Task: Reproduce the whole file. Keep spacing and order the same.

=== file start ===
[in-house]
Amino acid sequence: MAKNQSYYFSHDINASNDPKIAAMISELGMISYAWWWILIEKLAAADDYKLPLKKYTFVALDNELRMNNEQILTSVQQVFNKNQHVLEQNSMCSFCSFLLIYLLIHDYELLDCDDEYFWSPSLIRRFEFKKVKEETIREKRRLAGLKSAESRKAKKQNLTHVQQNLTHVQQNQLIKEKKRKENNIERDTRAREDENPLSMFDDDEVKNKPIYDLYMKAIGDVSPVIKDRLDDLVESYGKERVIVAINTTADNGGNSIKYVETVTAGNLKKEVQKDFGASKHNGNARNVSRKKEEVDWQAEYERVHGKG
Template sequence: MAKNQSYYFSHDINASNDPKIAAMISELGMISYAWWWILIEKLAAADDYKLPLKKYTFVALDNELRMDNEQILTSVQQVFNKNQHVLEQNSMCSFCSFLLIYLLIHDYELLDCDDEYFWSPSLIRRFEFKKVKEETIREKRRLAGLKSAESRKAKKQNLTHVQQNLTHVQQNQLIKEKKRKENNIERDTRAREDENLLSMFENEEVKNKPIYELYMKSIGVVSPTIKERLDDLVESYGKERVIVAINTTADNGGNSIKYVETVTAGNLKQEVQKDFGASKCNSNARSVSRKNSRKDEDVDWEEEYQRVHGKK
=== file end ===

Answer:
[in-house]
Amino acid sequence: MAKNQSYYFSHDINASNDPKIAAMISELGMISYAWWWILIEKLAAADDYKLPLKKYTFVALDNELRMNNEQILTSVQQVFNKNQHVLEQNSMCSFCSFLLIYLLIHDYELLDCDDEYFWSPSLIRRFEFKKVKEETIREKRRLAGLKSAESRKAKKQNLTHVQQNLTHVQQNQLIKEKKRKENNIERDTRAREDENPLSMFDDDEVKNKPIYDLYMKAIGDVSPVIKDRLDDLVESYGKERVIVAINTTADNGGNSIKYVETVTAGNLKKEVQKDFGASKHNGNARNVSRKKEEVDWQAEYERVHGKG
Template sequence: MAKNQSYYFSHDINASNDPKIAAMISELGMISYAWWWILIEKLAAADDYKLPLKKYTFVALDNELRMDNEQILTSVQQVFNKNQHVLEQNSMCSFCSFLLIYLLIHDYELLDCDDEYFWSPSLIRRFEFKKVKEETIREKRRLAGLKSAESRKAKKQNLTHVQQNLTHVQQNQLIKEKKRKENNIERDTRAREDENLLSMFENEEVKNKPIYELYMKSIGVVSPTIKERLDDLVESYGKERVIVAINTTADNGGNSIKYVETVTAGNLKQEVQKDFGASKCNSNARSVSRKNSRKDEDVDWEEEYQRVHGKK